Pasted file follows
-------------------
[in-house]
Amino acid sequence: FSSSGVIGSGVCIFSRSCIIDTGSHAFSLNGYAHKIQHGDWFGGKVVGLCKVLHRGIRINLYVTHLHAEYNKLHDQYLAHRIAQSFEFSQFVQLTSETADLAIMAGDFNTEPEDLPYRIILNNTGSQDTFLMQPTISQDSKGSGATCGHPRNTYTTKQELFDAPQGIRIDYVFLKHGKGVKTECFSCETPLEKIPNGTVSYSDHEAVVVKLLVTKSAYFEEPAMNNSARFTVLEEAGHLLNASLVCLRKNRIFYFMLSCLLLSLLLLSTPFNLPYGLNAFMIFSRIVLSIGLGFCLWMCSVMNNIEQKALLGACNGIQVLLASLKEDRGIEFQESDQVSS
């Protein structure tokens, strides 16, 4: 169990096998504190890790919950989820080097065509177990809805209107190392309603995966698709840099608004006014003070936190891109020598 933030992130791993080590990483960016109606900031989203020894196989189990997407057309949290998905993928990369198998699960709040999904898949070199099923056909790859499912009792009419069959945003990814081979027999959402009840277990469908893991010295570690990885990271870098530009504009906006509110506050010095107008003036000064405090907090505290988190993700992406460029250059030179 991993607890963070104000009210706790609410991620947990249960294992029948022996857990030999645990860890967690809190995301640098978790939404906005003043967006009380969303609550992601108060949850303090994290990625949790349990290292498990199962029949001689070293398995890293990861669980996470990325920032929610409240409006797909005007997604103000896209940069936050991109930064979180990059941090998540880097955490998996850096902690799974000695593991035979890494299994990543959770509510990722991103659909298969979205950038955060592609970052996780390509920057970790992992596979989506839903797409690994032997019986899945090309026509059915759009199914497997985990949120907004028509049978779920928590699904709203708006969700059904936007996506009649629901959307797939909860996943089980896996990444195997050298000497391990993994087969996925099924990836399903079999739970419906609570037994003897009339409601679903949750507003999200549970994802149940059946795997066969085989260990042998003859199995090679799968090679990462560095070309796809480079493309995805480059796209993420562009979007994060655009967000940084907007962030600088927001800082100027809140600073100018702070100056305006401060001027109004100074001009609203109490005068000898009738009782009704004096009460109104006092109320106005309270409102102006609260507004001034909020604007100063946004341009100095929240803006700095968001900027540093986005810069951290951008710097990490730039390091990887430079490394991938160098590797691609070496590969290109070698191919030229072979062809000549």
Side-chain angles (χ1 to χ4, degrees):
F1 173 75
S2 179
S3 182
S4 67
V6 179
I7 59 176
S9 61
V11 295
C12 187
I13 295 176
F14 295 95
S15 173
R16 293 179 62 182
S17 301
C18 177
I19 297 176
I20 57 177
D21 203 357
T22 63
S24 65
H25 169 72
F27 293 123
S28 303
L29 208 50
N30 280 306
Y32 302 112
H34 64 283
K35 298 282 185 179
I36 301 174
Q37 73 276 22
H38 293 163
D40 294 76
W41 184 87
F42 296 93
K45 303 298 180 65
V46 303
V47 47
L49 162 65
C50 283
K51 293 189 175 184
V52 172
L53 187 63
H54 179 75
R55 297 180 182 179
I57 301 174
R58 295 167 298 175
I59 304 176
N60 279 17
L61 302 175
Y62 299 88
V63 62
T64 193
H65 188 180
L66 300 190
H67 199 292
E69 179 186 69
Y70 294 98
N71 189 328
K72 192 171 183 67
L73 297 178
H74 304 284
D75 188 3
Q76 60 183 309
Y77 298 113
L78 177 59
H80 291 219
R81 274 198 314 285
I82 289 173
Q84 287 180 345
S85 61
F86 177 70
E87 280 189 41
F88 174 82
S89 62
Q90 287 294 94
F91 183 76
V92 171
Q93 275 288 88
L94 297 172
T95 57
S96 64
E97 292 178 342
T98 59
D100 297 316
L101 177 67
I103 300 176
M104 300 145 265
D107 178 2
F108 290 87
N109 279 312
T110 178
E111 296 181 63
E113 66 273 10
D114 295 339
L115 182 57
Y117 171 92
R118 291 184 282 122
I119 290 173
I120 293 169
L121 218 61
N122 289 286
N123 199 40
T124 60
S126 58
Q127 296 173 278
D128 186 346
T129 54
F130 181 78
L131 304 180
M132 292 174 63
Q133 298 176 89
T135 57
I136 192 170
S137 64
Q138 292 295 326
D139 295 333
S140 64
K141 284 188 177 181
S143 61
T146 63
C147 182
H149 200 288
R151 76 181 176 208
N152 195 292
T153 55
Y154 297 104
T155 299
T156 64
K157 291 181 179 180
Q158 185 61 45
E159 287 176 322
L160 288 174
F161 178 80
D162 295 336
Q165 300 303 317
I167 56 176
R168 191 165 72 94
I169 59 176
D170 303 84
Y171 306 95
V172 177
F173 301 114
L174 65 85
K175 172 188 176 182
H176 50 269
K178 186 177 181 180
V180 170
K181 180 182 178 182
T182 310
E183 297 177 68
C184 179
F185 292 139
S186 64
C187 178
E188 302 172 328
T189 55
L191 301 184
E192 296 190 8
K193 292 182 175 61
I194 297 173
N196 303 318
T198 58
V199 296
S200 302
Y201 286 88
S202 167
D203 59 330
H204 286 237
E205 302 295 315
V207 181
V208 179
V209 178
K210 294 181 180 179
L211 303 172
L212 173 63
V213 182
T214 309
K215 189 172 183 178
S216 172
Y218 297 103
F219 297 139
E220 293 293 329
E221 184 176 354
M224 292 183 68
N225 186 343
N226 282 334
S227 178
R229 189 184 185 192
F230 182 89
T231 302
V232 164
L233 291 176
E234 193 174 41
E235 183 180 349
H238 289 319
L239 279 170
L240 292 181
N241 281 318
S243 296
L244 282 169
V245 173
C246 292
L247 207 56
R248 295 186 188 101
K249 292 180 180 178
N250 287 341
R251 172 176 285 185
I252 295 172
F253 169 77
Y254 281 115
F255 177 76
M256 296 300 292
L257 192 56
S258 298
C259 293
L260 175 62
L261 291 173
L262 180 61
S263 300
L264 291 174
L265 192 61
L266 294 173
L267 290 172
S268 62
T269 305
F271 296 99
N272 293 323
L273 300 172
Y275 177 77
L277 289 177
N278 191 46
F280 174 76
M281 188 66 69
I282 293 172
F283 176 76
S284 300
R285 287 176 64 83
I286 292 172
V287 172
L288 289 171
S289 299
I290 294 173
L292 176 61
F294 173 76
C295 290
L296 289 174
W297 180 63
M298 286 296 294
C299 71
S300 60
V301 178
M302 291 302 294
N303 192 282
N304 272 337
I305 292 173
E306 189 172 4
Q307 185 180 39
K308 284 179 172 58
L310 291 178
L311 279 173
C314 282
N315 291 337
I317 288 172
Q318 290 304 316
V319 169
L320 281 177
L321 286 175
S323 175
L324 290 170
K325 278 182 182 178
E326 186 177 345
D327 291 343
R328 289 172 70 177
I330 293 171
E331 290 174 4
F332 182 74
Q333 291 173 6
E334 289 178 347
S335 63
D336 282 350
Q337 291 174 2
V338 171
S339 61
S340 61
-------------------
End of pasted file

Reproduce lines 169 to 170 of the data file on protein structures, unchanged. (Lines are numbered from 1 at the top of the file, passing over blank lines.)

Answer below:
Y201 286 88
S202 167